## anonymous one year ago How many solutions which integers such that x^2 + y^2 + z^2 = 2016

1. ganeshie8

I think it is sufficient to consider solutions in positive integers first, then we can build the complete solutions by permutations.

2. ganeshie8

Working mod 4 it is easy to see that each of x, y, z must be of form $$4k$$. Otherwise left hand side is not divisible by 16. So the equation reduces to $a^2+b^2+c^2 = 126$ where $$x = 4a$$, $$y=4b$$, $$z=4c$$

3. anonymous

apparently gauss did it over 200 years ago but hmm

4. ganeshie8

related to quadratic reciprocity law in any ways ? maybe taking mod 7 or 3 might narrow it further idk... my attempt above looks very hacky..

5. anonymous

actually, he did it for square free numbers, so I guess we're screwed

6. ganeshie8

looks interesting http://gyazo.com/301173b00539b4577e227beafd0b4281

7. dan815

|dw:1436766690043:dw|

8. dan815

|dw:1436766915671:dw|

9. dan815

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10. dan815

lets start by considering the total number of ordered pairs of inteegers in this arc

11. dan815

then we can see which one of them will produce an int for the z coordinate too

12. ganeshie8

There is a nice formula for number of representations of $$n$$ as sum of two squares though

13. ganeshie8

$x^2+y^2 = 2016$ has no solutions over integers

14. dan815

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15. dan815

this will give us a max bound on the number of integer solutions atleast

16. ganeshie8

we can discard 2016 and work on smaller number 126 because both equations must have same number of solutions

17. dan815

how come we can do that?

18. ganeshie8

$$x^2+y^2+z^2=2016 = 16*126$$ consider this equation in mod 4 suppose $$x\equiv y\equiv z\equiv 0 \pmod{4}$$ then $$x^2+y^2+z^2 = 16(a^2+b^2+c^2) = 2016 \implies a^2+b^2+c^2 = 126$$

19. dan815

but we dont have to be able to factor 16 from all the squares

20. ganeshie8

left hand side wont be divisible by $$16$$ for all other cases, so we don't need to wry about them

21. ganeshie8

for example, $$x\equiv y\equiv z\equiv 1\pmod{4}$$ makes left hand side $$\equiv 3 \pmod{16}$$ but the right hand side is $$\equiv 0 \pmod{16}$$ similarly you can show that all the remaining cases don't work

22. dan815

what if we are dealing with cases where x y and z are all different mod and end up adding to 0 mod 16

23. ganeshie8

thats exactly what im saying, thats not possible. maybe consider another example : $$x\equiv 2, y\equiv 1,z\equiv 0 \pmod{4}$$ then $x^2\equiv 0,~y^2\equiv 1, ~z^2\equiv 0$ clearly left hand side is $$\equiv 1 \pmod{4}$$ but the right hand side is $$\equiv 0\pmod{4}$$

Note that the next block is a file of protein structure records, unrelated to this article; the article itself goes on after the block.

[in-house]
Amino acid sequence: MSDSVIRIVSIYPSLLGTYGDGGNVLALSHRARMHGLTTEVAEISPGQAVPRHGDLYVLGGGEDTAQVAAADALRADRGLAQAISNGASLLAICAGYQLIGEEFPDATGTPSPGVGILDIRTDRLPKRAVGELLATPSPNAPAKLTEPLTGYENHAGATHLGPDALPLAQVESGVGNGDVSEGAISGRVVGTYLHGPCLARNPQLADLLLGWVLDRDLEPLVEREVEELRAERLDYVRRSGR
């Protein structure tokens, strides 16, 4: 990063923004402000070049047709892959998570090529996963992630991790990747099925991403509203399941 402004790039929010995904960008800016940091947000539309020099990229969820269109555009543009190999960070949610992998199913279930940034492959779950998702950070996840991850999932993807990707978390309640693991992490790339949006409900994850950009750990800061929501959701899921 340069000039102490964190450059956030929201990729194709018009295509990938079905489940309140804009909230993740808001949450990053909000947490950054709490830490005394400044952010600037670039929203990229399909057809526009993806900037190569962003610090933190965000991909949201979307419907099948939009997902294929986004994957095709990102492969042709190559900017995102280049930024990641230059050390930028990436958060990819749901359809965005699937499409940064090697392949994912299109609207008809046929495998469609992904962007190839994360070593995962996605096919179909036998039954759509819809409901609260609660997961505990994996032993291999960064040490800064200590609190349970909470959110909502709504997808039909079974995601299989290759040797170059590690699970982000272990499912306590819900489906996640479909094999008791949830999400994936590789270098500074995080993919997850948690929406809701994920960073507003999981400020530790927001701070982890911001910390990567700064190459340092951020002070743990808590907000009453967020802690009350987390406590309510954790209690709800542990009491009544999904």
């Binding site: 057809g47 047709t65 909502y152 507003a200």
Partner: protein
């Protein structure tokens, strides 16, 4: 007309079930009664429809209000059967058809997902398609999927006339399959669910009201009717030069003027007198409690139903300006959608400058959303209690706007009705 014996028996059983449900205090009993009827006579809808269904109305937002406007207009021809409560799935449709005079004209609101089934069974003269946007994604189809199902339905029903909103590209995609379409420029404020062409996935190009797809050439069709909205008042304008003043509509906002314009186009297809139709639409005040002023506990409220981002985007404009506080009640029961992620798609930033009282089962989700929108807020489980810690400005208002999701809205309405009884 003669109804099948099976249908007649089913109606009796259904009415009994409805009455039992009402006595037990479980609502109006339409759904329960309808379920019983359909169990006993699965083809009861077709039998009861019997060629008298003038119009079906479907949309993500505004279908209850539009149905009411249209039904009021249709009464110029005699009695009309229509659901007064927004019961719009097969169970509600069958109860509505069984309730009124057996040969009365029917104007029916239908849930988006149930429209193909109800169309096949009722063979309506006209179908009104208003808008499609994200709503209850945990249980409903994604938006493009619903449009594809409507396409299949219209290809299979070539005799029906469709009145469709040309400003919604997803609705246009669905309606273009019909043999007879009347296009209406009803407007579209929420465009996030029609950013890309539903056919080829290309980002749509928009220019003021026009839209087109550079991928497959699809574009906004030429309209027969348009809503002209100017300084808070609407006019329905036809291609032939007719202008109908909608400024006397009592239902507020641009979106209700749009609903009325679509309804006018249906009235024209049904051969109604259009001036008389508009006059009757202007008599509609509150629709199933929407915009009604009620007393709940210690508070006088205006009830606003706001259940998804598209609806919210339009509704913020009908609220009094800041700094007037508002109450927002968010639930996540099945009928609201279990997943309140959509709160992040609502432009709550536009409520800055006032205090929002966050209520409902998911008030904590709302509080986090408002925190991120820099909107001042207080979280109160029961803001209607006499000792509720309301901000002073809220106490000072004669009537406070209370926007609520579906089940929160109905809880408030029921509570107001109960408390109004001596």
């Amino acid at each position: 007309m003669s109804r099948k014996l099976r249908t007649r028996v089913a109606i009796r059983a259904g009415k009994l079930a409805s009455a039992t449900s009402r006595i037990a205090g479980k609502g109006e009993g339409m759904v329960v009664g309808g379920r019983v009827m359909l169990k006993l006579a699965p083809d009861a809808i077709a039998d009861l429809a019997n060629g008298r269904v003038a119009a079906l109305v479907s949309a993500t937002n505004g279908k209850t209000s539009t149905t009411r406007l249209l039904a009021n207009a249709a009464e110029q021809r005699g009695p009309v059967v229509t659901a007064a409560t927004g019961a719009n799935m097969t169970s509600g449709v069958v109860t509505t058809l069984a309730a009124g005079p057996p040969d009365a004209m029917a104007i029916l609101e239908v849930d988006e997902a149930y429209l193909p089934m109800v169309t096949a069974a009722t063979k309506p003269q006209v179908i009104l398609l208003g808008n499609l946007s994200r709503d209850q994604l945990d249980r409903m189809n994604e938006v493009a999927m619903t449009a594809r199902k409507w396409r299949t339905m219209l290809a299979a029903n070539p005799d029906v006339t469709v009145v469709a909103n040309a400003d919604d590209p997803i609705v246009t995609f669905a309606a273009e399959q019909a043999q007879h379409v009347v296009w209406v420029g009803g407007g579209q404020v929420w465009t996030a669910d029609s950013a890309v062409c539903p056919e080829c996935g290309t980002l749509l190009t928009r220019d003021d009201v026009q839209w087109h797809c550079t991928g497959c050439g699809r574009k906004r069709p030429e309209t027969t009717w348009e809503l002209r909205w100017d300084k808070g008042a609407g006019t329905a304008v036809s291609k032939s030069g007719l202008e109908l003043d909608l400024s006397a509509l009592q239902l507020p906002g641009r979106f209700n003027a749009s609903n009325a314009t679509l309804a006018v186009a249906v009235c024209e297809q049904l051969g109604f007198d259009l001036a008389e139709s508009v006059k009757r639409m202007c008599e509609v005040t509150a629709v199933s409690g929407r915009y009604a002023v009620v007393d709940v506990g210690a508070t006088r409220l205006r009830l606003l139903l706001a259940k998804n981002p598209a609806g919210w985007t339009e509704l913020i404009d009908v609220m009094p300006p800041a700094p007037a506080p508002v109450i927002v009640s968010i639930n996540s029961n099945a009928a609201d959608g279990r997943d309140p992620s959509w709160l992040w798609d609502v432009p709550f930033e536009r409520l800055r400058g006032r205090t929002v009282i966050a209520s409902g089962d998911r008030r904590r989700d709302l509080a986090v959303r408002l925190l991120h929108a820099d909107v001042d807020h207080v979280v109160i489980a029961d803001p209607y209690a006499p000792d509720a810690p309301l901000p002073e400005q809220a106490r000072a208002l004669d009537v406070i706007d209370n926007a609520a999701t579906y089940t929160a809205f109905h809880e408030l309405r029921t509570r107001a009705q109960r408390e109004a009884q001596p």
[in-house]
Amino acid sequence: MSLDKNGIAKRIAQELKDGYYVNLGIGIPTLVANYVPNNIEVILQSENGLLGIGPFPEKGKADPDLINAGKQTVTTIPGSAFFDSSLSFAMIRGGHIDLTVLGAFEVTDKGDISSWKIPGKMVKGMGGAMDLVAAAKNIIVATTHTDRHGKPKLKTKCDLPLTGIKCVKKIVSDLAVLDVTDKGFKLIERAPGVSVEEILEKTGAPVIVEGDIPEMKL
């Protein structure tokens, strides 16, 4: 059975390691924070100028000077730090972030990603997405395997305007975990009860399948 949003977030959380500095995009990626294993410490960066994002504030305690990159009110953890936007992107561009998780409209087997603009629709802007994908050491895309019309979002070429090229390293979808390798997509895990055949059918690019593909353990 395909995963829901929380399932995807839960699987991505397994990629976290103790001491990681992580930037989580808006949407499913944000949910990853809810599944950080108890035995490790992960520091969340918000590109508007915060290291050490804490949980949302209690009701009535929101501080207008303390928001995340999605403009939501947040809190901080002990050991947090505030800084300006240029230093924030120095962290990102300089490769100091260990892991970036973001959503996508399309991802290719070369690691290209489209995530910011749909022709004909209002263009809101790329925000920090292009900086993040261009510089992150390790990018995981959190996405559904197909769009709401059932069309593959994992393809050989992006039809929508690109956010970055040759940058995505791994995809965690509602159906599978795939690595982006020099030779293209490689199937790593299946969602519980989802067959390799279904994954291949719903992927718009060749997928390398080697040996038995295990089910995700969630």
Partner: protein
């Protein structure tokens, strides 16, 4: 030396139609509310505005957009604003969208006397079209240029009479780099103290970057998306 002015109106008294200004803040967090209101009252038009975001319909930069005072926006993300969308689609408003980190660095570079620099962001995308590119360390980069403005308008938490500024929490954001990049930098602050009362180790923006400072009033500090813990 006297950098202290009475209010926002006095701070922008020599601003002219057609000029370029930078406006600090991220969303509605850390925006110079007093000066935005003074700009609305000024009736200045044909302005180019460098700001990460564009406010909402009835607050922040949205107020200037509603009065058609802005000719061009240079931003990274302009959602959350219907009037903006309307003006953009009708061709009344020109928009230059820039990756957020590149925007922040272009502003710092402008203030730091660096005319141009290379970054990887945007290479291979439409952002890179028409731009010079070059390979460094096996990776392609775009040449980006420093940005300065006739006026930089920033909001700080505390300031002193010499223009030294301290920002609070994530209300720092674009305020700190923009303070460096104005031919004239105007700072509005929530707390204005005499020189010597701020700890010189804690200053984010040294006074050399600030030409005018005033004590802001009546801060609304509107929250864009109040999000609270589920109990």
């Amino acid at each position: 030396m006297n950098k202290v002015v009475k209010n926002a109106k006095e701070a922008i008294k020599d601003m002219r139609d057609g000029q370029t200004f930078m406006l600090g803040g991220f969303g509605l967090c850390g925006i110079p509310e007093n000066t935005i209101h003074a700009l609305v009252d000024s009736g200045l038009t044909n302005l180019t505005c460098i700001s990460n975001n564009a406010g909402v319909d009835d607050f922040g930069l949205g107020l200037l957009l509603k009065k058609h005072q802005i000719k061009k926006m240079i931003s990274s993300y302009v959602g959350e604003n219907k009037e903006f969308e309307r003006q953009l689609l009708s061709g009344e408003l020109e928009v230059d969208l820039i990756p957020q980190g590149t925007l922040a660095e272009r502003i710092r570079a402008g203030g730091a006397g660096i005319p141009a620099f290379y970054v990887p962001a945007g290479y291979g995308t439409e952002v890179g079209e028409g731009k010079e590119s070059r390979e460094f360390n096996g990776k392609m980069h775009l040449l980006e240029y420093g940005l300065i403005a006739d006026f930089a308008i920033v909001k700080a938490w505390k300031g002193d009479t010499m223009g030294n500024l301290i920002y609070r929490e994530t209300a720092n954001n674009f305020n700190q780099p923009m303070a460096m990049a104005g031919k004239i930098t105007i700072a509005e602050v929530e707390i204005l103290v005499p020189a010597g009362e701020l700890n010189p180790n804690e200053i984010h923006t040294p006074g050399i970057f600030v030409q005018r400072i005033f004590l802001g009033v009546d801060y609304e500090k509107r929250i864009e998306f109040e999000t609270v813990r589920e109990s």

24. dan815

okk i see what u are saying

25. dan815

okay one more question, dont we have to consider the behavior in other mods too?

26. ganeshie8

Nope, any integer can be represented in any one of the form $$4k\pm a$$ where $$0\le a\lt 4$$. s we're done if we're done in mod 4

27. ganeshie8

this is same as considering even/odd cases right

28. ganeshie8

If we prove/disprove an integer equation for both odd and even cases, then we're done. working even/odd cases is same as mod2, we dont need to wry about other mods

29. dan815

ok isee

30. dan815

can we continue the process then

31. ganeshie8

Any square number is either $$0$$ or $$1$$ in $$\mod 4$$, and clearly $$X+Y+Z \not\equiv 0$$ when at least one of the variables on left hand side is $$1$$. so it must be the case that $$X\equiv Y\equiv Z\equiv 0$$

32. dan815

and factor 3^2 and solve in mode 3?

33. ganeshie8

actually i was stuck with $a^2+b^2+c^2 = 126$ mod 3 is not making it any simpler

34. dan815

11,2,1

35. dan815

the simplest one i can find

36. ganeshie8

Finding each solution gives us 3! = 6 solutions by permuting the ordered pairs

37. dan815

the choices are pretty low to pick from, maybe they expect brute force from here

38. ganeshie8

yeah

39. dan815

11 is the highest 10 is ruled out 100 + 26 x^2+y^2=26 has no inter solution 9 is ruled out too 81 + 35 x^2+y^2=35 no int solution

40. dan815

oh wait 25+1

41. dan815

10 is good too

42. dan815

nothing else

43. dan815

11,2,1 10,5,1

44. dan815

checking 9 81+45 45=6^2+3^2

45. dan815

9,6,3

46. ganeshie8

thats all

47. dan815

11,2,1 10,5,1 9,6,3 and so on

48. dan815

theres gotta be a better way than brute force

49. ganeshie8

there is a better way when the right hand side is squarefree, but 126 is not square free. so there is no known simple method

50. dan815

theres nothing with 8 and 7, so we are actually done here

51. dan815

since it will repeat

52. dan815

11,2,1 10,5,1 9,6,3 so 6*5*4 *3 right?

53. ganeshie8

3*3! positive solitions 3*3!*2^3 integer solutions ?

54. dan815

i was thinking well its plus or minus 11,2,1 so we have 6 choices and 3 spots 6*5*4 so 6*5*4 for each triple ordered pair

55. dan815

oh oops ya you are right, if i do this ill allow -11 and 11

56. dan815

(6*4*2) * 3 = 3*3! * 2^3 oh this works too

57. dan815

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58. ganeshie8

yes 144 looks correct!

59. anonymous

Yups the answer is 144. You all are best mathematiciants :)

60. anonymous

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